Misogyny among male fans rife but progressive masculinities rising

Overtly misogynistic

The most dominant group, however, at 68 per cent of respondents, was overtly misogynistic.

Previously, research has suggested that younger men would express more positive attitudes than older men. However, based on our open-ended questions, our findings show no such generational differences.

Instead, men from across this group thought women have no place in sport. “They are useless at it,” said one Leeds United fan (age 46-55). They variously described women’s football as “not as dynamic, quick, skilful”, “slower and weaker” and “less competitive” than men’s football.

Pegging women as neither as strong or as powerful as men, they expressed beliefs grounded in what gender studies specialists call essentialist reasoning: they maintained assumptions of men’s physical superiority.

They were extremely hostile towards the increasing media coverage women’s sport was getting, repeatedly labelling it as “positive discrimination” or “PC nonsense”.

These reactionary views align with what feminist author and journalist Susan Faludi has described as the anti-feminist backlash. They perceive women’s sport as a threat to what they see as a traditionally male preserve.

One West Ham fan (age 26–35) put it brashly: “It now means there is too much women’s sport on the TV; no one really cares [about it]. Women’s football in the media all the time, women’s golf on Sky and the men’s Euro tour on the red button. NETBALL ON SKY!!! The one thing that does irk me is Women’s Hour on Sky Sports News. No woman watches Sky Sports News! NO WOMAN! I honestly wish they’d just piss off out the spotlight. But it’s all PC bollocks nowadays.”

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Covert misogyny

This group – the smallest of the three, at 8 per cent of respondents – saw men skilfully manoeuvre between progressive and hostile attitudes.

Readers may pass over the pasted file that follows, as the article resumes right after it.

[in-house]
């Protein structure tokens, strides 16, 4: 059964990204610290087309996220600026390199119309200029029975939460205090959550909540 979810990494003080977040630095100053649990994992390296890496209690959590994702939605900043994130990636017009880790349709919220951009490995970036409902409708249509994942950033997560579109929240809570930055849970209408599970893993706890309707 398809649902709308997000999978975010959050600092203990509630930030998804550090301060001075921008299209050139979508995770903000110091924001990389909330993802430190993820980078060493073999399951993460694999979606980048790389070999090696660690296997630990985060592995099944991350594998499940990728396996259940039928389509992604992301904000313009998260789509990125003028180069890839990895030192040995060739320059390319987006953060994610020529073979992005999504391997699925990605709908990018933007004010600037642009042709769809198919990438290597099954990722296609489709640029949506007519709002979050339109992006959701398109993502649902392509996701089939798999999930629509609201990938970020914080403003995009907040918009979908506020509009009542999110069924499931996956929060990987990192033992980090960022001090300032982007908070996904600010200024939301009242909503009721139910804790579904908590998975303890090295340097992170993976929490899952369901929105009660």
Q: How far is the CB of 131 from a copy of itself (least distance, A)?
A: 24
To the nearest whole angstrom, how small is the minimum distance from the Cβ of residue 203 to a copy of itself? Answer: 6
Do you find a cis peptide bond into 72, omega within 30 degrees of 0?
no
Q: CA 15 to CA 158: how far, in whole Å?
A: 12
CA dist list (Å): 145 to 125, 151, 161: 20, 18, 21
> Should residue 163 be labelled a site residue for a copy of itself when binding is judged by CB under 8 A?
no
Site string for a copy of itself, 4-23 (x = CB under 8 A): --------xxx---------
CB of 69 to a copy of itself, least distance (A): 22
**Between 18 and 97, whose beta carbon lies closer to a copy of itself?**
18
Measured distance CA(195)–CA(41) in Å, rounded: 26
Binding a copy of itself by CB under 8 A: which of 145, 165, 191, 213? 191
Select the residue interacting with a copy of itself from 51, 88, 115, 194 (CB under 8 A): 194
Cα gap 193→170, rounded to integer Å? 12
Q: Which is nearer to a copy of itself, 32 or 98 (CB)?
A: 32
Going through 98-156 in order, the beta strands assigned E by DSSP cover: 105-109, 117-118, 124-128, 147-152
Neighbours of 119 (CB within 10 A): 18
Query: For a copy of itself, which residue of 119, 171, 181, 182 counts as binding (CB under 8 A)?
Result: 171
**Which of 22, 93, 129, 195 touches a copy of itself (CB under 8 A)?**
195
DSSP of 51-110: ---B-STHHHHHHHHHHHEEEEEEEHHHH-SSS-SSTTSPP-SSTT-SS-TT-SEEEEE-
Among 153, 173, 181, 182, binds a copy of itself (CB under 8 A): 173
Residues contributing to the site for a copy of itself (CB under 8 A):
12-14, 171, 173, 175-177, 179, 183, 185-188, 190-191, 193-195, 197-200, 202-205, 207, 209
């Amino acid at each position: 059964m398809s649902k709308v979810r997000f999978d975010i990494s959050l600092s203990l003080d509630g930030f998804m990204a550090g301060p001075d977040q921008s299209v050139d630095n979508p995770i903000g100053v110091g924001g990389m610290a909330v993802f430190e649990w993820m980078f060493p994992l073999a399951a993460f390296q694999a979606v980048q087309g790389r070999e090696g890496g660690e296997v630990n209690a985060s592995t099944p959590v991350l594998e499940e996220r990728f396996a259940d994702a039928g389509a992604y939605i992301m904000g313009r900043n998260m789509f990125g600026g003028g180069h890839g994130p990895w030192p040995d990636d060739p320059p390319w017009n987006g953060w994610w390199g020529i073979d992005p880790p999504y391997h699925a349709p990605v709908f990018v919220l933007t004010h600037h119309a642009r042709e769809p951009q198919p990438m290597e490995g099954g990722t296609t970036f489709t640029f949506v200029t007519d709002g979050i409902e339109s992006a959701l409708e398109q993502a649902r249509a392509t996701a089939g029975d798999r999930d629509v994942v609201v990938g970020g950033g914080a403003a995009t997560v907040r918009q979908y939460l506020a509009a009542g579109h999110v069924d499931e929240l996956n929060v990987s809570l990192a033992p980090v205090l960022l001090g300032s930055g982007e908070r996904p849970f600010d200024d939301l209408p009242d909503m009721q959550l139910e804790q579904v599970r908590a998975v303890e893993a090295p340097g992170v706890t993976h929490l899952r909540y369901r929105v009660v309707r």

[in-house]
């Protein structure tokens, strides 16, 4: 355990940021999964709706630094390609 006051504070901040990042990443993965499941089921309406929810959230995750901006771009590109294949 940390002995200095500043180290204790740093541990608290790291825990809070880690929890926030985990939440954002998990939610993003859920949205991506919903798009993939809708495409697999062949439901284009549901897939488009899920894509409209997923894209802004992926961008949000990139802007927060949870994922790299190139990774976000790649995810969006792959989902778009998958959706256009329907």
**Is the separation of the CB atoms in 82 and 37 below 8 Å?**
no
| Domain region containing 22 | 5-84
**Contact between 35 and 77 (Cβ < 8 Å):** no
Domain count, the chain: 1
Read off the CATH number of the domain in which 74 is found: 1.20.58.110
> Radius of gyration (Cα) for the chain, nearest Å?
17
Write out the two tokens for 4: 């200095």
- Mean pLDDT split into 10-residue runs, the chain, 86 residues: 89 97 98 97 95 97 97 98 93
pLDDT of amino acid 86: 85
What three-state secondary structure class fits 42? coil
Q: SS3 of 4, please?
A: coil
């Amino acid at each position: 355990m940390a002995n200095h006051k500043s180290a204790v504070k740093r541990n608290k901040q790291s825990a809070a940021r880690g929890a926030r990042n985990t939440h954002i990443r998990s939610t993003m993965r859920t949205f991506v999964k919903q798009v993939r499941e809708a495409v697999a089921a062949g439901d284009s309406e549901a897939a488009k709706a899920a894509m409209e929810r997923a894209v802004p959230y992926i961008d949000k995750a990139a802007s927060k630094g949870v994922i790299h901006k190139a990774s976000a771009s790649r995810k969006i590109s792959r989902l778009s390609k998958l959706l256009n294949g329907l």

These men could discuss women’s involvement in sport in positive ways, appearing to be behind gender equality agendas. However, they still thought women’s sport inferior.

Men in this group drew on notions of essentialism and biological differences between men and women to explain what they saw as natural inequalities between men’s and women’s sports. But, like this Carlisle United fan (age 26-35), they also wanted the women to be successful:

“I have no interest in watching what I believe to be a lower standard of sport. But then I don’t watch Notts County v Dagenham & Redbridge [lower league men’s teams] if it’s on, either. I wish the girls well. I hope they win every time they play, as I do anyone representing England, but I won’t be watching.”

Organisations continue to face pressure to address gender inequalities. Our model of masculinities may be helpful as a tool for studying other settings – the workplace, education, the creative industries – in a bid to tackle broader societal misogyny.

This article was written by Stacey Pope, Associate Professor in the Department of Sport and Exercise Sciences, Durham University. This article is republished from The Conversation under a Creative Commons license. Read the original article here.